Monday, February 15, 2010

Economics 15/02/2010: Bank of Ireland ethical dilemma

So here we are folks, the state has run into a bit of a trouble.

Remember those dividends that our (taxpayer-bought) preference shares in the BofI and AIB were supposed to generate? Ok, there is a problem here.

On February 22, BofI is supposed to pay out some €240 million to us (the taxpayers, in case if you wondering) in dividends on these shares. Alas, if you recall, the EU has imposed severe restrictions on the banks dividends. This means that we are now in a no-man's land when it comes to getting paid on that €3.5 billion we put into BofI. The Government has an option to circumvent the EU rules and ask for shares to be paid in instead of cash, but this surely will open claims from the bondholders who are not being paid their coupons. And, of course, if shares are issued in the way of payment, there will be dilution. At current price, €240 million worht of BofI shares will be, ahem, 24% of the expected €1,000 million rights issue or 19.1% of the market capi of the bank. Some serious dilution, unless the EU grants an exemption to the State.

But an exemption for the Government is an ethically dubious move for several reasons:
  • In all other bank support schemes, the EU did not lift restrictions on dividends/interest/coupon payments for sovereigns. Should it do so for Ireland, what's next?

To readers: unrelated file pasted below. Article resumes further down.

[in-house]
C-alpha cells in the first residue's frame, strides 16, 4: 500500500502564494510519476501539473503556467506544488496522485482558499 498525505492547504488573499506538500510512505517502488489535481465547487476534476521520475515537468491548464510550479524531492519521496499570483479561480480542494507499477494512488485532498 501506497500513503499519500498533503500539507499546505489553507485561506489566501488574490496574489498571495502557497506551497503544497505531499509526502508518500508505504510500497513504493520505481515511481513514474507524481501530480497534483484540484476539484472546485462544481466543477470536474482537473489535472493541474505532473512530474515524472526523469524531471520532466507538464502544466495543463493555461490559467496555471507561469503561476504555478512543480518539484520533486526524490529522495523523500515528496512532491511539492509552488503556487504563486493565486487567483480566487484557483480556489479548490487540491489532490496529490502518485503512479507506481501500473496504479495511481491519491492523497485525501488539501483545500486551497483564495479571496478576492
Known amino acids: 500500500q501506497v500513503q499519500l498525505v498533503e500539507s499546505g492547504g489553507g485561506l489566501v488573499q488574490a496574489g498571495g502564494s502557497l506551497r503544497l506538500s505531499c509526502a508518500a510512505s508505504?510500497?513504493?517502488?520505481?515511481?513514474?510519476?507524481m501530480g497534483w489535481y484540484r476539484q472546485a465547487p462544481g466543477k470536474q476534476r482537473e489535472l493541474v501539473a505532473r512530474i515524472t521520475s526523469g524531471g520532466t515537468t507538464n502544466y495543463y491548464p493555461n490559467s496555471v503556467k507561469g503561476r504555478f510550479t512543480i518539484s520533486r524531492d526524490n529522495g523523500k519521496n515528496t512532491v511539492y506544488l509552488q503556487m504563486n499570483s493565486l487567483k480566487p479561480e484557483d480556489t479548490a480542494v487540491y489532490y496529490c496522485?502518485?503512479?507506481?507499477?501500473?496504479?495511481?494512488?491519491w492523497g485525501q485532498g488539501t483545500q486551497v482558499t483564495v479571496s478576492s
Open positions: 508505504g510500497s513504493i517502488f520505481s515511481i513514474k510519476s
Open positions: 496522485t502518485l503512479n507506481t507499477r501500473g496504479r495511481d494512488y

• Payments to other bondholders who have identical rights to the state (on paper) will not be made, opening up the entire process to legal challenges.
And we (the taxpayers) were told by the Government and its stockbrokers that we've made a sound investment in the BofI preference shares... Ouch...


patrick1978 said...

€240 million in unpaid dividends is irrelevant
when you consider the reality that the taxpayer
will lose €10.2bn under the NAMA "project".

TrueEconomics said...

Yes, Patrick, except:
- I would estimate post-Nama recapitalization costs of 10-12 billion, plus Nama own losses of at least 10 billion, adding cost to date - 11 billion, you have total net loss from Nama to the economy of 31-33 billion; and
- 240 million foregone is significant only in terms of the symbolism - if it is unpaid, or pushed back until better times, the entire argument that 7 billion pumped last year into AIB and BofI was 'investment' and that the Exchequer was acting in the best interest of taxpayers is a sham.

Anonymous said...

The expected non payment of dividends on this great investment deal the Irish taxpayer was getting a few months ago will surprise no one. It just goes to show you what amateurs the gang that did the Northern Bank Robbery a few years ago were. There would be an M-50 type traffic jam if all the cash were physically loaded onto vans and driven out of the central bank...